The group, comprising over a hundred people, was quickly identified to be followers of self-proclaimed Sultan of Sulu, Jamalul Kiram III. They were led by Jamalul's brother Agbimuddin Kiram.
Hailing from Pulau Simunul of Tawi-Tawi in the southern Philippines, the group first entered Malaysian waters by boat on Feb 9 and gathered in stages at Felda Sahabat 17 in Kampung Tanduo, Lahad Datu, as a means of ‘reclaiming’ part of Borneo as their ancestral land. This forced some eighty locals to flee from 15 homes.
Upon being discovered by fishermen, the Filipino rebels broke into smaller groups and entered several locations in the village, including Kampung Sungai Bakau.
On Feb 14, Prime Minister Datuk Seri Najib Razak said the Malaysian government would negotiate with the group before ousting them from the area. Then Inspector General of Police Tan Sri Ismail Omar said negotiations with the group were in progress to find the best solution without bloodshed.
Two days later, then Home Minister Datuk Seri Hishammuddin Tun Hussein made a statement that played down the situation; the group merely comprised ‘malnourished’ and elderly men in sarongs and slippers, mostly unarmed, he said.
The tussle between Malaysia and the Philippines over Sabah had been a long-standing one. The Suluks wanted Sabah to be returned to them, claiming it was seized by the British from their government. But Malaysia had always rejected the Philippine's territorial claim to Sabah as it deemed that Sabah residents had exercised their right to self-determination when they voted to join the Malaysian federation in 1963.
The Sulu sultanate also lost their rights in the Madrid protocol of 1885 when their predecessors Spain relinquished all their claims to Sabah, giving all control to Malaysia’s predecessors, the British.
However, it was subsequently learnt that the Malaysian Embassy in the Philippines were issuing cheques for RM5,300 to the legal counsel of the heirs of the Sultan of Sulu in keeping with the terms of an 1887 agreement. While Malaysia considered it as annual cession payment for the disputed state, the sultan’s descendants considered it as “rent”.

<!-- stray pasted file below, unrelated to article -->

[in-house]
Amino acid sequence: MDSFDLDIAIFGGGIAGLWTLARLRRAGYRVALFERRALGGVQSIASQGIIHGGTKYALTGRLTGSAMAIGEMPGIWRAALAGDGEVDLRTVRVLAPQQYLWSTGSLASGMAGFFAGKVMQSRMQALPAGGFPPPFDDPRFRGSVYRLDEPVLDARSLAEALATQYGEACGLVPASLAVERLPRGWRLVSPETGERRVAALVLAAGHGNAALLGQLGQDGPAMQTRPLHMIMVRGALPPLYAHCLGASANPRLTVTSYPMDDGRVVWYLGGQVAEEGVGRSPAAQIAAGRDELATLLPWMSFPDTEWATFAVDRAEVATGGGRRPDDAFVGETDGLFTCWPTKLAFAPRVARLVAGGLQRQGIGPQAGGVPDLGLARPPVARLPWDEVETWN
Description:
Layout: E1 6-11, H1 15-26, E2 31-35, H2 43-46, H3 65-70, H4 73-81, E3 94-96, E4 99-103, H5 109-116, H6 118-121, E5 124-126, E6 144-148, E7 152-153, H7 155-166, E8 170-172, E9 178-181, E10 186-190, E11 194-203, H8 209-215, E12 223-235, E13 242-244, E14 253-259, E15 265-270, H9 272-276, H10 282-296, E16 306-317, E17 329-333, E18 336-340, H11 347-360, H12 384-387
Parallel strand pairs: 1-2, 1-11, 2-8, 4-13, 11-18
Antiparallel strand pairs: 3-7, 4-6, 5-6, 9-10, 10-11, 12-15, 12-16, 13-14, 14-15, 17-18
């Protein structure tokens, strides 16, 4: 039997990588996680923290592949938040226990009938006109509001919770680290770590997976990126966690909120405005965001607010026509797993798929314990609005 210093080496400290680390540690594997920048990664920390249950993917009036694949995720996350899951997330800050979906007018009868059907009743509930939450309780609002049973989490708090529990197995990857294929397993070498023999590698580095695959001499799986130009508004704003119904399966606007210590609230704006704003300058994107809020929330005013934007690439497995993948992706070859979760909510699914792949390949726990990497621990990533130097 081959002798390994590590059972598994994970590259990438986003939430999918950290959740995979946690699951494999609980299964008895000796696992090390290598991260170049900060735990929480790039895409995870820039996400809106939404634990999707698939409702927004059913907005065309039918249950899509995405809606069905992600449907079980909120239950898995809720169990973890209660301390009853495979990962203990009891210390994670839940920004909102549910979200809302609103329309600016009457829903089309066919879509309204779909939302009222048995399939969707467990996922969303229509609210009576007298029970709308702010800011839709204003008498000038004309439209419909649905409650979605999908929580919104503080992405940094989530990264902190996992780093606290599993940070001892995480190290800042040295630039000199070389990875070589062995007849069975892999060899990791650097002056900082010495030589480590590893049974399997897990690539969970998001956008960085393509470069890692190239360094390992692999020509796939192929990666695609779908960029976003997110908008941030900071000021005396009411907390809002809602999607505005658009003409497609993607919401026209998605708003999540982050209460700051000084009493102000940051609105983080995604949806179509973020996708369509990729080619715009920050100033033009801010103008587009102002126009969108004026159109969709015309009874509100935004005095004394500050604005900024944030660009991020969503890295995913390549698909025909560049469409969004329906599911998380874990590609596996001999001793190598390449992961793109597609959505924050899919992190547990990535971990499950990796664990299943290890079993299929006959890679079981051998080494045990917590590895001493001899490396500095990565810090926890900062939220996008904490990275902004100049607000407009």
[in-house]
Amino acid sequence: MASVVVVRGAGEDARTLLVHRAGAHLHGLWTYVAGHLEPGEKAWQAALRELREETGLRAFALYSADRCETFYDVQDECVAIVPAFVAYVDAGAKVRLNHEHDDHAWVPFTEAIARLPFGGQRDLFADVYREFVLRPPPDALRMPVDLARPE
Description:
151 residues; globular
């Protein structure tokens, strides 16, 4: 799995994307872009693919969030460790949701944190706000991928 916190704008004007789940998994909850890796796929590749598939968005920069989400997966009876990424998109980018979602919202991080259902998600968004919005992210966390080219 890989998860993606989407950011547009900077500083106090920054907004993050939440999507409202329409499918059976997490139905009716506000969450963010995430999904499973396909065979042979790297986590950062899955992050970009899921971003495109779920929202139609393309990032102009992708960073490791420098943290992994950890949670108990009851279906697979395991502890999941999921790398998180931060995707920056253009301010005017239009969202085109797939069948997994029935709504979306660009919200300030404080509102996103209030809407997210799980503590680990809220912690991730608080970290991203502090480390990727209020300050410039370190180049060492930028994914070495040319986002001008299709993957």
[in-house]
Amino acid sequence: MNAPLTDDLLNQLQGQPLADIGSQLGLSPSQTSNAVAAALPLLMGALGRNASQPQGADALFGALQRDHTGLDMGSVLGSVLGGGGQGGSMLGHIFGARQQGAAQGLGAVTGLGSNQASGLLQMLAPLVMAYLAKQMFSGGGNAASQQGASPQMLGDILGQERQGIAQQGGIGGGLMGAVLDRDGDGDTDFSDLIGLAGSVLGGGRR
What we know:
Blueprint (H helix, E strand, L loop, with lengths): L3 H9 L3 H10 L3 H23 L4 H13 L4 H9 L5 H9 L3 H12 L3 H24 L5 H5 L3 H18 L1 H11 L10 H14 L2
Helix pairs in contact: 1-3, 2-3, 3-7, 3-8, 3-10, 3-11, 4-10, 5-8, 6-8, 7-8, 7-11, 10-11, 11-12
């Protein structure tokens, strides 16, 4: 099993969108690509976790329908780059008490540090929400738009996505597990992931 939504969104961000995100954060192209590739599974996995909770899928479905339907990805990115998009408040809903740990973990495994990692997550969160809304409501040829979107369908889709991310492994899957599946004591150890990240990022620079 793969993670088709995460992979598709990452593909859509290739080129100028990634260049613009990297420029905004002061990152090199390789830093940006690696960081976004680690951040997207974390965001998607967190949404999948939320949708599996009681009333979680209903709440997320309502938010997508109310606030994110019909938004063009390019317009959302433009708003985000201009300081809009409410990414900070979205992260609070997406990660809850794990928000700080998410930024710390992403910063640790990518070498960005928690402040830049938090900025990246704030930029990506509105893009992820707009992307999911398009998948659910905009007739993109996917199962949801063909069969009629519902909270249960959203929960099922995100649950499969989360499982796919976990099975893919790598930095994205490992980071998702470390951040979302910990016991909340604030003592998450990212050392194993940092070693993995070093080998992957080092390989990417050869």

Many then called for the Malaysian government to reduce or stop the cession payment altogether, including former premier Tun Dr Mahathir Mohamad and opposition lawyer Karpal Singh.
The first shootout between Malaysian security forces and the small group of Filipino rebels broke out on March 1 when the latter tried to break a police blockade in Kampung Tanduo. Najib confirmed that the event had left two police commandos dead while Sabah police commissioner, Datuk Hamza Taib, confirmed that 12 of Kiram’s followers were killed.
At this juncture, the Philippines government seemed to totally leave the fate of the royal Sulu army in the hands of the Malaysian security forces.
In the early hours of March 3, a group of Filipino gunmen, believed to be less than 10, ambushed the police in a village in Semporna, Sabah. The media reported that six Malaysian police officers and seven assailants were killed. It was also reported that four of the policemen had their bodies mutilated, with one beheaded.
On March 5, three F-18 and five Hawk aircraft filled the Kampung Tanduo skies in an airstrike against the Filipino rebels at dawn in an effort to flush them out. Thirteen of the Sulu gunmen were killed in the process. The deaths were confirmed by then Defence Minister Datuk Seri Ahmad Zahid Hamidi.
Codenamed Ops Daulat, the ‘mopping up’ stage also saw ground troops going door-to-door to sniff out the intruders. However, none were caught.
Kampung Tanduo was finally secured by Malaysian forces on March 11, with the bodies of 22 Sulu gunmen recovered. Despite the deaths, the Kiram family insisted that its army stay put in Sabah and not surrender.
Between March 20 and April 1, 15 Filipino nationals were charged in court over the incursion – eight of them in the Tawau High Court while the rest in the Lahad Datu Magistrate’s Court.
A Malaysian Special Branch officer, Corporal Hassa Ali Basari, was also charged and convicted for intentionally refraining from disclosing information on terrorist acts by the Sulu gunmen in Lahad Datu.
Ops Daulat ended on June 29 when it was replaced by the Eastern Sabah Security Command (ESSCOM). The body is now responsible for security arrangements in the area, covering all operations from northern Kudat to south-eastern Tawau. This is to ensure that Sabah’s eastern sea borders remain safe. A 24-hour ESSCOM operations room was also announced on Aug 12.
The Lahad Datu standoff reportedly saw a total of 68 deaths – 56 from the Sulu sultanate, nine from the Malaysian authorities and six civilians.